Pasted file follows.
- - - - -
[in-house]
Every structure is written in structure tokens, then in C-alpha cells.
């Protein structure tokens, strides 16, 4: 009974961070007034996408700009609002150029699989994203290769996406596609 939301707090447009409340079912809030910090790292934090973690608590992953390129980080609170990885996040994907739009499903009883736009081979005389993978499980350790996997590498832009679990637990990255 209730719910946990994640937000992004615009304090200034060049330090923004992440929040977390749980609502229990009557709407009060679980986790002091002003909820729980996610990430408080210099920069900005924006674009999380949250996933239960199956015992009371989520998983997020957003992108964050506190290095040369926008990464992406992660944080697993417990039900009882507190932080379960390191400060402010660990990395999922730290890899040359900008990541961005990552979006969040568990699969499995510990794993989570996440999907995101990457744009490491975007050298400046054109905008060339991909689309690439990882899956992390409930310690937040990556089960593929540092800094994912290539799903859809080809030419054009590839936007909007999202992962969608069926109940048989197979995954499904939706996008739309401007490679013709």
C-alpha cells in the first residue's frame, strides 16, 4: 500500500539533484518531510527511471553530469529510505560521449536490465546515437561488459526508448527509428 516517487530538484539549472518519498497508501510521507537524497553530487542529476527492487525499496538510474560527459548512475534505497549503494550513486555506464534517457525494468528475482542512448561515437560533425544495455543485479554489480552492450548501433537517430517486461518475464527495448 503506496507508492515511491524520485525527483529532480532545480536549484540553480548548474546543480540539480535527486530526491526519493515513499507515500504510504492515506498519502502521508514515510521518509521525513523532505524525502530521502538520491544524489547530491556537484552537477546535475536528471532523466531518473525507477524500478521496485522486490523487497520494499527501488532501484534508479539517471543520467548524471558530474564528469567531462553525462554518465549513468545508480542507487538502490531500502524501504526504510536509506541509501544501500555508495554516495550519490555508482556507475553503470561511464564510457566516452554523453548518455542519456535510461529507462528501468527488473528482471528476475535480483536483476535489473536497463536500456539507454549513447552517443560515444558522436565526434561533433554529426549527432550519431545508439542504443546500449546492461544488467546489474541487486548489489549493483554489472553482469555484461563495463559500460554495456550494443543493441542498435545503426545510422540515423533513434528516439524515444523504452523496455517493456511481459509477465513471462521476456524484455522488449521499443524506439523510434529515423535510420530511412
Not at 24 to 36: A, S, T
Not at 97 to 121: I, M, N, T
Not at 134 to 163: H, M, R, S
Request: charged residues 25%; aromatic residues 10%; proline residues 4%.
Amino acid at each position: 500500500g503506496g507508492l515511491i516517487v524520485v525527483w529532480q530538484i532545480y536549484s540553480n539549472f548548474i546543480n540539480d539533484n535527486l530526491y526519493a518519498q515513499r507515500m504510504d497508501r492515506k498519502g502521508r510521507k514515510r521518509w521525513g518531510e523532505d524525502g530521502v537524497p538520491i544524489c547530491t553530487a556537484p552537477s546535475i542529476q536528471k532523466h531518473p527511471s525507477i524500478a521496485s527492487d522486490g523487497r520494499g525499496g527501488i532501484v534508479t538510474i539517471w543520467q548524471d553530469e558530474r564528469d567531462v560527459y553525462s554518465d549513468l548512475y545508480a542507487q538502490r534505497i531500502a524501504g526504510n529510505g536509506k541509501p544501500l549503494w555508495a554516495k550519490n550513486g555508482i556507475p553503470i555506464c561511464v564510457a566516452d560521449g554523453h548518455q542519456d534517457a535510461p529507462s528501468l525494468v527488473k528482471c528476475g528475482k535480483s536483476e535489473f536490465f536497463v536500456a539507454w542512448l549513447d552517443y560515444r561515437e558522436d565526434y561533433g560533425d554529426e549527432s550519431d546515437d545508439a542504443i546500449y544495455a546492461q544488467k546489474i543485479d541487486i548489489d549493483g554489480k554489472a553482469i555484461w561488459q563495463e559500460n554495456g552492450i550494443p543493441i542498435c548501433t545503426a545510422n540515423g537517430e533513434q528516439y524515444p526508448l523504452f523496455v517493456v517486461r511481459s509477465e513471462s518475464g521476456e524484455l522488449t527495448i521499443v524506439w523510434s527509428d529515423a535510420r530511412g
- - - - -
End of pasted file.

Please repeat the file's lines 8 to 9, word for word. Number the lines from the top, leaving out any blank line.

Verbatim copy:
Request: charged residues 25%; aromatic residues 10%; proline residues 4%.
Amino acid at each position: 500500500g503506496g507508492l515511491i516517487v524520485v525527483w529532480q530538484i532545480y536549484s540553480n539549472f548548474i546543480n540539480d539533484n535527486l530526491y526519493a518519498q515513499r507515500m504510504d497508501r492515506k498519502g502521508r510521507k514515510r521518509w521525513g518531510e523532505d524525502g530521502v537524497p538520491i544524489c547530491t553530487a556537484p552537477s546535475i542529476q536528471k532523466h531518473p527511471s525507477i524500478a521496485s527492487d522486490g523487497r520494499g525499496g527501488i532501484v534508479t538510474i539517471w543520467q548524471d553530469e558530474r564528469d567531462v560527459y553525462s554518465d549513468l548512475y545508480a542507487q538502490r534505497i531500502a524501504g526504510n529510505g536509506k541509501p544501500l549503494w555508495a554516495k550519490n550513486g555508482i556507475p553503470i555506464c561511464v564510457a566516452d560521449g554523453h548518455q542519456d534517457a535510461p529507462s528501468l525494468v527488473k528482471c528476475g528475482k535480483s536483476e535489473f536490465f536497463v536500456a539507454w542512448l549513447d552517443y560515444r561515437e558522436d565526434y561533433g560533425d554529426e549527432s550519431d546515437d545508439a542504443i546500449y544495455a546492461q544488467k546489474i543485479d541487486i548489489d549493483g554489480k554489472a553482469i555484461w561488459q563495463e559500460n554495456g552492450i550494443p543493441i542498435c548501433t545503426a545510422n540515423g537517430e533513434q528516439y524515444p526508448l523504452f523496455v517493456v517486461r511481459s509477465e513471462s518475464g521476456e524484455l522488449t527495448i521499443v524506439w523510434s527509428d529515423a535510420r530511412g